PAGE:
West Virginia trials blockchain voting app for federal election
Deployed military personnel from Harrison County and Monongalia County are eligible to vote via the app.
The state of West Virginia will become the first in the US to offer blockchain-based mobile voting in a federal election, when deployed military personnel from two counties vote in the upcoming Senate primary election.
In a statement this week, West Virginia’s Secretary of State Mac Warner revealed that currently deployed, registered and qualified military voters from Harrison County and Monongalia County, as well as their spouses and dependents, are able to cast their votes in the upcoming May 8 election via a secure mobile application.
Voting for these individuals was launched March 23 and polls officially close 7:30 p.m. ET May 8, 2018.
“This pilot marks the first time a state has offered blockchain-based mobile voting in a federal election,” according to a statement contained in the white paper detailing the project’s goals and applications.
“Several leading universities, labor unions, state political parties, church groups and non-profits have already piloted this voting platform successfully for their internal elections, convention voting, and other voting functions. Government institutions around the world, including Brazil, Estonia, Denmark, South Korea, and Switzerland are actively pursuing the integration of blockchain technology into their e-governance systems.”
How does it work?
Participants need a compatible Apple or Android mobile device and an approved, validated State or Federal ID. Voters must first submit a Federal Post Card Application (FPCA) to their county clerk indicating they would like to receive voting information, either via email or online, download the free mobile app and then vote.
West Virginia’s secure military mobile voting pilot is powered by blockchain technology. The state proffers that the blockchain-based solution adds security, transparency, and trust to the election administration system.
The voting system is a collaboration between the Office of the Secretary of State of West Virginia, mobile-focused voting company Voatz, Tusk/Montgomery Philanthropies, nonprofit think tank New America and the Blockchain Trust Accelerator. The pilot project white paper explains that the application eliminates human error, provides voting anonymity, offers faster results, encourages transparency and is completely auditable.
Plans to expand the blockchain app voting system
This isn’t the first time West Virginia has offered an online voting option for military personnel. In 2010, the state utilized a web-based remote military voting pilot with five counties.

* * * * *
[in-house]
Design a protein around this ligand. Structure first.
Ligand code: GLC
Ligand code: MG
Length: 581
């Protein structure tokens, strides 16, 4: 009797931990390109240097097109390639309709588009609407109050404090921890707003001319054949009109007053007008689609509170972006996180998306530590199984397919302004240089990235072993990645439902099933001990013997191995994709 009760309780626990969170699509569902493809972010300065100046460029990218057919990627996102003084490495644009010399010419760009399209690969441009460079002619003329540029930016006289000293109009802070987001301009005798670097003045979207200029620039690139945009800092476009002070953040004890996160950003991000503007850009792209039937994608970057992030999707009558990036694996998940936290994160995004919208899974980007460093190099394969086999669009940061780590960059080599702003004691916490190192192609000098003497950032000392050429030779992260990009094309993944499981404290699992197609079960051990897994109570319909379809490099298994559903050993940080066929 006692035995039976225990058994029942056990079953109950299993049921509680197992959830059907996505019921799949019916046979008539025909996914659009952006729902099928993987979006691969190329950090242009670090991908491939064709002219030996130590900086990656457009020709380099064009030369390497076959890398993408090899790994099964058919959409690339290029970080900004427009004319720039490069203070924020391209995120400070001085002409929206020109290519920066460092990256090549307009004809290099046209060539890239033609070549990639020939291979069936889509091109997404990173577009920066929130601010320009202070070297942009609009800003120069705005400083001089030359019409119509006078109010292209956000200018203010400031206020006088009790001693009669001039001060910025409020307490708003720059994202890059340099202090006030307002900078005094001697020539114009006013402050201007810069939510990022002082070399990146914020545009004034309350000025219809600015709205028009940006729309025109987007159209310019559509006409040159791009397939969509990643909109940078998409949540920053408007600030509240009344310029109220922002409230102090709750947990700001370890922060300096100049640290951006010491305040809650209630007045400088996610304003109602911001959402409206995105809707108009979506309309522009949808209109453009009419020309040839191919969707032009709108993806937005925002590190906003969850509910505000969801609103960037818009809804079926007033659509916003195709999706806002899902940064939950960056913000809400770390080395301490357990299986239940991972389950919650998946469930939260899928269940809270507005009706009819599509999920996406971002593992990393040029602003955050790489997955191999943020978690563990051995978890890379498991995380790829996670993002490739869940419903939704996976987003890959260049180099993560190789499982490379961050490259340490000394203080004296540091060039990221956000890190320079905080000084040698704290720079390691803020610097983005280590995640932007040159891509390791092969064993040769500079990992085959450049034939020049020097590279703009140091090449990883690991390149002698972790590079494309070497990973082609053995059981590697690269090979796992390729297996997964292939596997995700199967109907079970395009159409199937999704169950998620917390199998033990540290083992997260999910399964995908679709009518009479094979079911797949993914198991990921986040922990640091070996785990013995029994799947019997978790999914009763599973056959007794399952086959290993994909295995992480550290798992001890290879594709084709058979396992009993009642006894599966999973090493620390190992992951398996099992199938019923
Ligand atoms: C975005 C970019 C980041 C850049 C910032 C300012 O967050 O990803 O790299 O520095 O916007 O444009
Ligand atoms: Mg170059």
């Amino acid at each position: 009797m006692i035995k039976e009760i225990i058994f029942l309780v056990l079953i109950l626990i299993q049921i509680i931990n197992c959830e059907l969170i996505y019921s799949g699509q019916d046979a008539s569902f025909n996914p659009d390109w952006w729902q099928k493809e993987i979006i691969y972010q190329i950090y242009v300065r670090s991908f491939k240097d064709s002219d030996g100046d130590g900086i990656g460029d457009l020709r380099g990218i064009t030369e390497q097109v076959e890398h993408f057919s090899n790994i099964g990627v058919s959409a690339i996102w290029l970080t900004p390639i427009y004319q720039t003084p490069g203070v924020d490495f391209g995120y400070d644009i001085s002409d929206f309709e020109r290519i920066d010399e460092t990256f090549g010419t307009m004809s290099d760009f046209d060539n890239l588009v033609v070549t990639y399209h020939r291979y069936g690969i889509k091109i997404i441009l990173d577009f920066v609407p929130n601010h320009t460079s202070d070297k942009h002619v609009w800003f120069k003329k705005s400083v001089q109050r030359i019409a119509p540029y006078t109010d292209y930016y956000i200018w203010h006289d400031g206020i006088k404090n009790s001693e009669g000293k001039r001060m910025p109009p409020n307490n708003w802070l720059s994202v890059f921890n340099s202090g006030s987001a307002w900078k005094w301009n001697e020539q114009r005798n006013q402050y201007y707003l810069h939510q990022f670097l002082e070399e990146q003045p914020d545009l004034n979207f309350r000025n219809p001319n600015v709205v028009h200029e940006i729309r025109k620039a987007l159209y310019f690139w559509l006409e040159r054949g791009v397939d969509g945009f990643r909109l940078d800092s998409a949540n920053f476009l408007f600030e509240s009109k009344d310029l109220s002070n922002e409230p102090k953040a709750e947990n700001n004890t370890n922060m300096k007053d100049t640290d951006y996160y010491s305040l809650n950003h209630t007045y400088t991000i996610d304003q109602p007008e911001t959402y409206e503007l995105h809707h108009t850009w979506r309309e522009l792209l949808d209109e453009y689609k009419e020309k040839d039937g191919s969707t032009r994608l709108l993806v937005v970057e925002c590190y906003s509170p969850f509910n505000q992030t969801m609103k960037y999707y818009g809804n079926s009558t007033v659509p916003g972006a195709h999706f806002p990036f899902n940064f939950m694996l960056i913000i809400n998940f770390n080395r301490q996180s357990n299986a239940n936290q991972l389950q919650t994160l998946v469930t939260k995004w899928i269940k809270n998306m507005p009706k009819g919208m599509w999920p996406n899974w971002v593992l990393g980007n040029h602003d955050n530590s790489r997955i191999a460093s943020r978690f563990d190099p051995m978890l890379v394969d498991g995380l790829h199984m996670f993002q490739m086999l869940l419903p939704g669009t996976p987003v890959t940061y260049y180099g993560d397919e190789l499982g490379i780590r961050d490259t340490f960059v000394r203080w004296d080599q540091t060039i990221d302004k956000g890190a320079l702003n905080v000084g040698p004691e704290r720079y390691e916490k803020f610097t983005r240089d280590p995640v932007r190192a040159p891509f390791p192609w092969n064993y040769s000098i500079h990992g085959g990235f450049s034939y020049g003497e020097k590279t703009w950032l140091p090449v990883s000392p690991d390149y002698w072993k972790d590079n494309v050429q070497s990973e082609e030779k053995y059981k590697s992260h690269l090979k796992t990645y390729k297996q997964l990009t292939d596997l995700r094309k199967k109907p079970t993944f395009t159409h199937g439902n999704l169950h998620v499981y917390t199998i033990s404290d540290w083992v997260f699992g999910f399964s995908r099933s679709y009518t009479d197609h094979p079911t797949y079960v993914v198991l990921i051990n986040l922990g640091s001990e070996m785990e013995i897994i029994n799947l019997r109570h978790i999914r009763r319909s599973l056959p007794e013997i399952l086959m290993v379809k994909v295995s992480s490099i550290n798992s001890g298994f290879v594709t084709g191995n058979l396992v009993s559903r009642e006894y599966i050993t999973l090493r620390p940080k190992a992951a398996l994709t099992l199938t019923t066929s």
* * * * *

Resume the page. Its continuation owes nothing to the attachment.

If successful, West Virginia intends to employ the new system in all 55 counties for the 2018 General Election.
Blockchain or distributed ledger technology (DLT) is a digital register that records cryptocurrency transactions. It provides complete transparency and is secure because no-one can tamper with the transaction history. Without the blockchain, digital currencies like bitcoin, Ethereum and Ripple wouldn’t be possible.
In a recent contributing article for The Business Journals, technology trends expert Terry Brock explained how taking advantage of blockchain technology could revolutionize voting and elections.
“I did not realize how many people don’t vote simply because they cannot get to the polls. We think this might be an error, but the reality is that many people who want to vote are not able to,” Brock said.
“Using blockchain technology, we can make sure that those who are voting are who they say they are and are legally allowed to vote… anyone who knows how to use a cell phone can understand the technology.”
Many innovative startups and financial institutions are already leveraging the blockchain for modernization. Global banks are aware that they need to evolve with changing times, and are utilizing blockchain technology.
For example, internet technology company Google is reportedly creating its own blockchain technology to underpin and differentiate its expanding cloud business.
Global messaging startup Telegram plans to launch its own unique blockchain platform and cryptocurrency.
You can learn all about different exchanges, understand exactly how to buy and sell cryptocurrencies, calculate your taxes, discover digital wallets to hold assets and explore a list of all the alternative coins on the market.
- Bitcoin weekly price analysis 28 August: Token’s value soars in face of ETF rejections
- Most global companies are slow to adopt blockchain technology: PwC survey
- Leading universities are offering a growing number of crypto courses: Coinbase
- Cryptocurrency: Value-making coins vs value-giving coins
- EOS weekly price analysis 27 August: Coin’s value jumps due to US$1 million whale